September 18, 2020
Opinion survey results can add a powerful element to a performance audit report. When carefully designed and correctly administered, a survey can provide valuable insights and supplement audit findings.
This article defines what a survey is and discusses why and how to use surveys in a performance audit. It presents five key steps to consider when conducting opinion surveys and highlights several factors that auditors should keep in mind when designing surveys and using their results.
Auditors will also find further practical information about conducting surveys and the pitfalls to avoid in the companion Audit Tips edition 7 Tips for Conducting a Survey in a Performance Audit.
What is a survey?
A survey is a systematic and rigorous research technique to collect data from a specific population. It does this through a series of questions structured to uncover the perspectives, opinions, or experiences of the individuals in the selected population.
In a performance audit, a survey is most often used to investigate the opinions of a specified population (for example, program clients) in order to assess the effectiveness of, or satisfaction with, a government service, process, or practice. A survey can also be used to test whether management assertions are accurate (for example, if management asserts that, because a program did not receive any complaints, its clients are satisfied).
Both qualitative and quantitative surveys can be conducted during a performance audit, using a variety of methods, including:
- a mailed questionnaire,
- an Internet-based questionnaire,
- a group-administered questionnaire (often done via electronic voting),
- a telephone questionnaire or interview,
- an in-person interview using a structured approach (underpinned by a questionnaire), or
- a focus group.
About the Author
Based on her academic and professional experience in conducting research surveys, Maria Capozzi was hired by the Office of the Auditor General of Manitoba on a three-month contract to conduct the Office’s first board governance survey in 1998. That contract resulted in a 22-year career with the Office, where Maria currently leads the Governance Practice.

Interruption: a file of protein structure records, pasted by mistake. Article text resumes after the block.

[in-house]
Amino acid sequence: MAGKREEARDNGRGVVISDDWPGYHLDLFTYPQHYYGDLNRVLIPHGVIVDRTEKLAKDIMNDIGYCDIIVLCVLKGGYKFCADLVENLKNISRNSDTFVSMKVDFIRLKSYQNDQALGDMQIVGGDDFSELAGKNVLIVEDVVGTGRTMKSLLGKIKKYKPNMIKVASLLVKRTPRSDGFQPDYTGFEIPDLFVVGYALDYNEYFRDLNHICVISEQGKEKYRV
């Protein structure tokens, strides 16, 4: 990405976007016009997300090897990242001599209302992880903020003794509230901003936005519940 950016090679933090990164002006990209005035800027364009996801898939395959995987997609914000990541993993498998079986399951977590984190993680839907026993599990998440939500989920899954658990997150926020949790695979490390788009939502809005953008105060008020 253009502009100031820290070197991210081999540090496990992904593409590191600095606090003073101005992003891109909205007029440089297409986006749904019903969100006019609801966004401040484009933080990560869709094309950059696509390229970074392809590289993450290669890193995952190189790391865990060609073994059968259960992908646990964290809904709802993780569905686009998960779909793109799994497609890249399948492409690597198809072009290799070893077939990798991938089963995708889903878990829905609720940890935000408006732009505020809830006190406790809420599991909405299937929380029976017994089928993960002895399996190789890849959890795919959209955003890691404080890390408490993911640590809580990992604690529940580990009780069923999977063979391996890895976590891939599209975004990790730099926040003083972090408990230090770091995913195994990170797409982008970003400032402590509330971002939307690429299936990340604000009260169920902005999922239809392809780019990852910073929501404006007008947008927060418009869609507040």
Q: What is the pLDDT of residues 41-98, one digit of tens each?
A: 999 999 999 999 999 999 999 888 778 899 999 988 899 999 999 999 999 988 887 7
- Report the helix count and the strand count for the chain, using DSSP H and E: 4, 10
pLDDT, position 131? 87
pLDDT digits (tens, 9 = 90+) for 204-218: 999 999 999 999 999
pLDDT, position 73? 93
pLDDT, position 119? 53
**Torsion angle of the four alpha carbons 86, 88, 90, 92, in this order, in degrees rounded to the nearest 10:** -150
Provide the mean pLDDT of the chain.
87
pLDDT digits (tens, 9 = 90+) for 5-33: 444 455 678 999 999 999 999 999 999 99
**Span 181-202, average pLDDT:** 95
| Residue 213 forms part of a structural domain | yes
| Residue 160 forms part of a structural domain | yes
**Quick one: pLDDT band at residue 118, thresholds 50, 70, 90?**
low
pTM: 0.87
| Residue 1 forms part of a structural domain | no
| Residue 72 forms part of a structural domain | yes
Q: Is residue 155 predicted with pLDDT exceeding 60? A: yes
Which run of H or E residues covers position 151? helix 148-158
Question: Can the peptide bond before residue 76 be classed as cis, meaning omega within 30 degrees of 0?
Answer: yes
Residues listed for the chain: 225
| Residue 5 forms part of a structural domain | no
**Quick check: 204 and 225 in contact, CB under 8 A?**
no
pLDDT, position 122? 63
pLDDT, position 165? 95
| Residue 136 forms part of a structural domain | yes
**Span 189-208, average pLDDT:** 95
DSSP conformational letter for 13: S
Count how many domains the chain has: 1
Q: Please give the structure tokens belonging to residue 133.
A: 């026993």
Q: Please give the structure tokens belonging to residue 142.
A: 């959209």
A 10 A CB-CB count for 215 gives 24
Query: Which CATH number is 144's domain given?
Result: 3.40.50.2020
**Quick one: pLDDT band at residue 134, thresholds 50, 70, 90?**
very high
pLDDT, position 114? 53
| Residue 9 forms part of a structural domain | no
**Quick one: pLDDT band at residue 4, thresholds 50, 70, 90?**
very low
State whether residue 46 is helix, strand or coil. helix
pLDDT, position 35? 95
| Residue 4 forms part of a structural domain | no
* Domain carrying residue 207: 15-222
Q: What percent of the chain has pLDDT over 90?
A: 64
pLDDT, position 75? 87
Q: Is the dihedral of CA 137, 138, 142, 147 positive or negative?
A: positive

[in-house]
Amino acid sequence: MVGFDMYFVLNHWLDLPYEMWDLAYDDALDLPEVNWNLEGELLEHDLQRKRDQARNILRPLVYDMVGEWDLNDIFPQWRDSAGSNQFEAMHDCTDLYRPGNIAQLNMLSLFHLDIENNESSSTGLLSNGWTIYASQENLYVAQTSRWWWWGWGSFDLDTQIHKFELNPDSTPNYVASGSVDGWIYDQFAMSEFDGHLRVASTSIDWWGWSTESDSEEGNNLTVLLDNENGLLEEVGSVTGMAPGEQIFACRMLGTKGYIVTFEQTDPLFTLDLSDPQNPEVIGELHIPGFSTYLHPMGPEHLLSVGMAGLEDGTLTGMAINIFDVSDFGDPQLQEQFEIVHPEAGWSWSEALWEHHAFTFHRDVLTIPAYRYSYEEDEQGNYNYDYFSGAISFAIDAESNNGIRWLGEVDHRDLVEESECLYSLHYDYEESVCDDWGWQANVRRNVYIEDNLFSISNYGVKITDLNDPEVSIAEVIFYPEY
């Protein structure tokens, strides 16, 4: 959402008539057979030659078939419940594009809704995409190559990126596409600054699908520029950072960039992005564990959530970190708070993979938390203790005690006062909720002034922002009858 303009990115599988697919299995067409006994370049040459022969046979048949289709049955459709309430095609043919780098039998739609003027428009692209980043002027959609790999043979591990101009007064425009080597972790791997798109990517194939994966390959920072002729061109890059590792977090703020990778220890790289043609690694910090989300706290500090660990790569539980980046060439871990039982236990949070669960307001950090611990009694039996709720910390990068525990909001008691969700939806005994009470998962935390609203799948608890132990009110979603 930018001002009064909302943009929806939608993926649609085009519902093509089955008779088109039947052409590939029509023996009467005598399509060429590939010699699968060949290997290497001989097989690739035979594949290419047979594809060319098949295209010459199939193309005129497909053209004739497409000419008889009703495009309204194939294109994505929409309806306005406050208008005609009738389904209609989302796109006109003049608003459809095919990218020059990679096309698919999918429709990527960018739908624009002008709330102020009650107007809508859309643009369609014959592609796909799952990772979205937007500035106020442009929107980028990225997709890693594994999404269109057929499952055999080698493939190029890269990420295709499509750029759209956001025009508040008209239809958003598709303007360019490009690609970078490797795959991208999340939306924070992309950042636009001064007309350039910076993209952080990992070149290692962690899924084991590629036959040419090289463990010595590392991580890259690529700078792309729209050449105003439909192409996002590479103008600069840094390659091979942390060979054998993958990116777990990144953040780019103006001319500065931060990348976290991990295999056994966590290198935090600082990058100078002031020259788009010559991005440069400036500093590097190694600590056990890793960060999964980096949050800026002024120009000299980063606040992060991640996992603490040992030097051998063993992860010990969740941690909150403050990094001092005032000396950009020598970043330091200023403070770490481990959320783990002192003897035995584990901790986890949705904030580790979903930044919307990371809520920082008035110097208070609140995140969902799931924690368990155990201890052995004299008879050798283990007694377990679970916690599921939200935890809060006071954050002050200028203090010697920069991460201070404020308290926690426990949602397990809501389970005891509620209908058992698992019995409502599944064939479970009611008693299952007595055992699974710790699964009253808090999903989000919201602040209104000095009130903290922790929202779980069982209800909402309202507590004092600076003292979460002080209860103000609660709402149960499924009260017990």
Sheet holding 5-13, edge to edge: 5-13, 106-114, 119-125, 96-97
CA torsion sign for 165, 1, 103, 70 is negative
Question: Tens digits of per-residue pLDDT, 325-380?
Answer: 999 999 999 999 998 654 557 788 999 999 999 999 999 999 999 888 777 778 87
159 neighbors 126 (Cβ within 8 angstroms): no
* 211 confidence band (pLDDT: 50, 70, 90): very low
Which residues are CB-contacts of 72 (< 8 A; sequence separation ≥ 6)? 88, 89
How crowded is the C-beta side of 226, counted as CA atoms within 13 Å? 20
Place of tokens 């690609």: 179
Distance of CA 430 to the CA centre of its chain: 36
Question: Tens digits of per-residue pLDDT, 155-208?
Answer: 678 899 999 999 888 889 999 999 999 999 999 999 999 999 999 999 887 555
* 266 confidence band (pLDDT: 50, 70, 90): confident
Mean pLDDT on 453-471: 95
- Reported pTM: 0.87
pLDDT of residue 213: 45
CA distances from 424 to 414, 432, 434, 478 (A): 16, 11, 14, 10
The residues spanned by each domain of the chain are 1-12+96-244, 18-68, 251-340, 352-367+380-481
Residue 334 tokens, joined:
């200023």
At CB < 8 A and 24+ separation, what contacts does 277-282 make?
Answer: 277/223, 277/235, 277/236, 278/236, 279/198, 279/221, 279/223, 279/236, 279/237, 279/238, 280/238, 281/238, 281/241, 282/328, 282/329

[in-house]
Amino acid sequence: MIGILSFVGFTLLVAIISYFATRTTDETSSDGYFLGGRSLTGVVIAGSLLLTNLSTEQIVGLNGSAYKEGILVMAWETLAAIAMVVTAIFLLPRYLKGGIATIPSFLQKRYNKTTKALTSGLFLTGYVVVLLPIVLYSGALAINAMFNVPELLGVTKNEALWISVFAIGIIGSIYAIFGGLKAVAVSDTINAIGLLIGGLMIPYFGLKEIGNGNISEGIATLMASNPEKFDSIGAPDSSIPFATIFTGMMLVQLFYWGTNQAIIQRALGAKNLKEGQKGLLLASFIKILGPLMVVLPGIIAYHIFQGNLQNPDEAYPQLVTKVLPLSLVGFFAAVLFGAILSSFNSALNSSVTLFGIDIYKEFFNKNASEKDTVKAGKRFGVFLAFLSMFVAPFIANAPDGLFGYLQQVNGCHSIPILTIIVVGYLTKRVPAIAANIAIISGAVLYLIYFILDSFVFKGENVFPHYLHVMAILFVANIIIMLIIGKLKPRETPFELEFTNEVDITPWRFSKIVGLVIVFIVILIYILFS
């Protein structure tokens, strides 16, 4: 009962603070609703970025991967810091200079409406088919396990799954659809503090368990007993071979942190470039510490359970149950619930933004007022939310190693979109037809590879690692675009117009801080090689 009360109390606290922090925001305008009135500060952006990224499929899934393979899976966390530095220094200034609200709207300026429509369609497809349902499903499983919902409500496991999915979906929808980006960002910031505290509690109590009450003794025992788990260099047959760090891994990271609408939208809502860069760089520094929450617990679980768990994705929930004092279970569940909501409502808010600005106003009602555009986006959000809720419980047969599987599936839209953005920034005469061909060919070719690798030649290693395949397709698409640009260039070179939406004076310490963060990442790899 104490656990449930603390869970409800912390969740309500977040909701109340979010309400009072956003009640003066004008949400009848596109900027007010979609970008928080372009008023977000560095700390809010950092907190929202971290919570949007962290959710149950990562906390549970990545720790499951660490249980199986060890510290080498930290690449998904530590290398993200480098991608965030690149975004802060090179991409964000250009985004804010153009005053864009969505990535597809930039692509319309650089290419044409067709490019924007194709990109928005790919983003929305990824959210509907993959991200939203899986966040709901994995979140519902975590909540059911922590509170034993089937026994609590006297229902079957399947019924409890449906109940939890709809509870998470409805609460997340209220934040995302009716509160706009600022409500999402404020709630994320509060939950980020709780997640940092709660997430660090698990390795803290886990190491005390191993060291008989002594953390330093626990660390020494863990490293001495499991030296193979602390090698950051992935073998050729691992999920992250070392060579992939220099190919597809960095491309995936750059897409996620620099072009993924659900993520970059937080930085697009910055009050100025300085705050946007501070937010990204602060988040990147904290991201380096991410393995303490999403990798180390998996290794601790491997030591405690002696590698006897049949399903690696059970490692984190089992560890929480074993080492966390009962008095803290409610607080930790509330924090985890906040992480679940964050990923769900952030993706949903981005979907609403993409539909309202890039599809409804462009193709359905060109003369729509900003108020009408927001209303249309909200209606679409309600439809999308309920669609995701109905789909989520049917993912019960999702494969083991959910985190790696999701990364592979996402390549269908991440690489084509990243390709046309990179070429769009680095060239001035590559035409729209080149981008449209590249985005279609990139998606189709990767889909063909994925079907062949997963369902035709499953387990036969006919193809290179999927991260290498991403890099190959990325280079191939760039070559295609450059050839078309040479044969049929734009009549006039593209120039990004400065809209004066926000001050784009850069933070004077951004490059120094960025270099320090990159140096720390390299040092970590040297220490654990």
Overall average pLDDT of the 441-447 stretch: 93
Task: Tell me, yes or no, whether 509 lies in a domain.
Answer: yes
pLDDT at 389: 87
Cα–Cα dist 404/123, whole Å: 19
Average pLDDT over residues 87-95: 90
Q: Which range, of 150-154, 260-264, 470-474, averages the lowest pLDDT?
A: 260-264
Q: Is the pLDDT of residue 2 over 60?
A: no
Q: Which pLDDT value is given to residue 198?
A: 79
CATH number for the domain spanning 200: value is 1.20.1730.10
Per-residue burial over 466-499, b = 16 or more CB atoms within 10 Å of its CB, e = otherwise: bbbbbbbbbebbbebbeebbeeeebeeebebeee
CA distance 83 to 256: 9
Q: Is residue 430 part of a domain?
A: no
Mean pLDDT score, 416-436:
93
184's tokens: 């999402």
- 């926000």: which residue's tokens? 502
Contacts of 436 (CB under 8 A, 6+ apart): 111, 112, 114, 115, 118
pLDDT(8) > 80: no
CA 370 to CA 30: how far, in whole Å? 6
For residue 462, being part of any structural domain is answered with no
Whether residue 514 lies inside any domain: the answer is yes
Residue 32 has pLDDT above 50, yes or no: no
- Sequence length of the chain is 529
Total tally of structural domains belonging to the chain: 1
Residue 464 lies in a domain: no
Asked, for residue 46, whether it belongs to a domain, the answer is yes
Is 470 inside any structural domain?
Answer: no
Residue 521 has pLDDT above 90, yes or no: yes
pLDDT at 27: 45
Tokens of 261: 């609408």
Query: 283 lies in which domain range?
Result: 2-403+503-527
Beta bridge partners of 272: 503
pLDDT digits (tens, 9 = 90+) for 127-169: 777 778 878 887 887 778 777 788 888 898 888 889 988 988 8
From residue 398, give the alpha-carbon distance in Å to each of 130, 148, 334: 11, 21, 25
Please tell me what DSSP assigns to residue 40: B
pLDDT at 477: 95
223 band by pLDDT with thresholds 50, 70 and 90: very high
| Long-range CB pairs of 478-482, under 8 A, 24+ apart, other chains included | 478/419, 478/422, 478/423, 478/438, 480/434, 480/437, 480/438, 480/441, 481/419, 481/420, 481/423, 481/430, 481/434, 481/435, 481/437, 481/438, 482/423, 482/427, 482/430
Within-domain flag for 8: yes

Maria holds a master’s degree in Public Administration, an ICD.D designation for corporate directors, and is a Certified Government Auditing Professional.
Contact the author at:
Each of these approaches has its own strengths and challenges, and more than one method may be used within the same audit. Deciding which method(s) to use in a specific audit will depend on several factors, including the amount of time and resources that can be devoted to the survey.
How can surveys be useful in a performance audit?
When opinion surveys are done right, they provide reliable and powerful results, which can enhance a performance audit report and strengthen its recommendations.
Because survey results reflect the opinions of the direct users of government programs and services, or of a project’s stakeholders, they send an authoritative message to auditees that is difficult to dispute. This is especially useful for auditors when measuring subjective factors such as satisfaction, quality, or preferences. For example, when assessing the quality of government’s relationship with boards of directors in the public sector, the board members themselves stating that the relationship needs strengthening is much more powerful than an auditor’s opinion that an improved relationship is required.
How are surveys used in a performance audit?
Conducting a survey within a performance audit is not as simple as it may seem in an ad for a “free” online survey tool. Obtaining survey results that are valid and reportable requires a significant investment of time and effort by auditors. Numerous complications can arise in the process, from challenges in identifying the correct population group to survey and/or accessing accurate contact information for each individual, to dealing with unexpected or incomplete results.
Because conducting an ill-conceived survey can waste precious time and resources, it is very important that auditors carefully consider why they need to conduct a survey and how its results will be used.
The remainder of this article highlights five key steps to consider in the survey process (Figure 1). Thinking through each step will help auditors decide whether a survey is right for their audit and, if so, how they should conduct it.
Figure 1 – Five Key Steps to Consider When Using a Survey in a Performance Audit
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